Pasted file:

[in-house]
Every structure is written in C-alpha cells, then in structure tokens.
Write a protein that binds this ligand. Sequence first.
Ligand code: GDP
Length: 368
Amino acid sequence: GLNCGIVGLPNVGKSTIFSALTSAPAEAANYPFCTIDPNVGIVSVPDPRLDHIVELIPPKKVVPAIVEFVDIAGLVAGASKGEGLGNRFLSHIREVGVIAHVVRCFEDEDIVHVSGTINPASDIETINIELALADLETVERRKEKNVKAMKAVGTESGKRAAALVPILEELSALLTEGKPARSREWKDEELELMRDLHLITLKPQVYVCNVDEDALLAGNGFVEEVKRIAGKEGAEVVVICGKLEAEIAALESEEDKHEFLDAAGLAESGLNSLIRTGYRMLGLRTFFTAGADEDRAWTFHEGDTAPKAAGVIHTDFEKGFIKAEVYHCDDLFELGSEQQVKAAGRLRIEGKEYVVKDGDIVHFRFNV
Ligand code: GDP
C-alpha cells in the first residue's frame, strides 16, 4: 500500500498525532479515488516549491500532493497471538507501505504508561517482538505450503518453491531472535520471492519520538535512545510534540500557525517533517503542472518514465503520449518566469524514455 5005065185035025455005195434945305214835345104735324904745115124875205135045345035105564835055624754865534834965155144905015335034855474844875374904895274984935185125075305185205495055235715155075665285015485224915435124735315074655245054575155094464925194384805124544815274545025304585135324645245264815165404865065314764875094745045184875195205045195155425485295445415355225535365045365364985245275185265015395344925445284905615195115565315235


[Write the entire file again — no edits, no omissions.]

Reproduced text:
[in-house]
Every structure is written in C-alpha cells, then in structure tokens.
Write a protein that binds this ligand. Sequence first.
Ligand code: GDP
Length: 368
Amino acid sequence: GLNCGIVGLPNVGKSTIFSALTSAPAEAANYPFCTIDPNVGIVSVPDPRLDHIVELIPPKKVVPAIVEFVDIAGLVAGASKGEGLGNRFLSHIREVGVIAHVVRCFEDEDIVHVSGTINPASDIETINIELALADLETVERRKEKNVKAMKAVGTESGKRAAALVPILEELSALLTEGKPARSREWKDEELELMRDLHLITLKPQVYVCNVDEDALLAGNGFVEEVKRIAGKEGAEVVVICGKLEAEIAALESEEDKHEFLDAAGLAESGLNSLIRTGYRMLGLRTFFTAGADEDRAWTFHEGDTAPKAAGVIHTDFEKGFIKAEVYHCDDLFELGSEQQVKAAGRLRIEGKEYVVKDGDIVHFRFNV
Ligand code: GDP
C-alpha cells in the first residue's frame, strides 16, 4: 500500500498525532479515488516549491500532493497471538507501505504508561517482538505450503518453491531472535520471492519520538535512545510534540500557525517533517503542472518514465503520449518566469524514455 5005065185035025455005195434945305214835345104735324904745115124875205135045345035105564835055624754865534834965155144905015335034855474844875374904895274984935185125075305185205495055235715155075665285015485224915435124735315074655245054575155094464925194384805124544815274545025304585135324645245264815165404865065314764875094745045184875195205045195155425485295445415355225535365045365364985245275185265015395344925445284905615195115565315235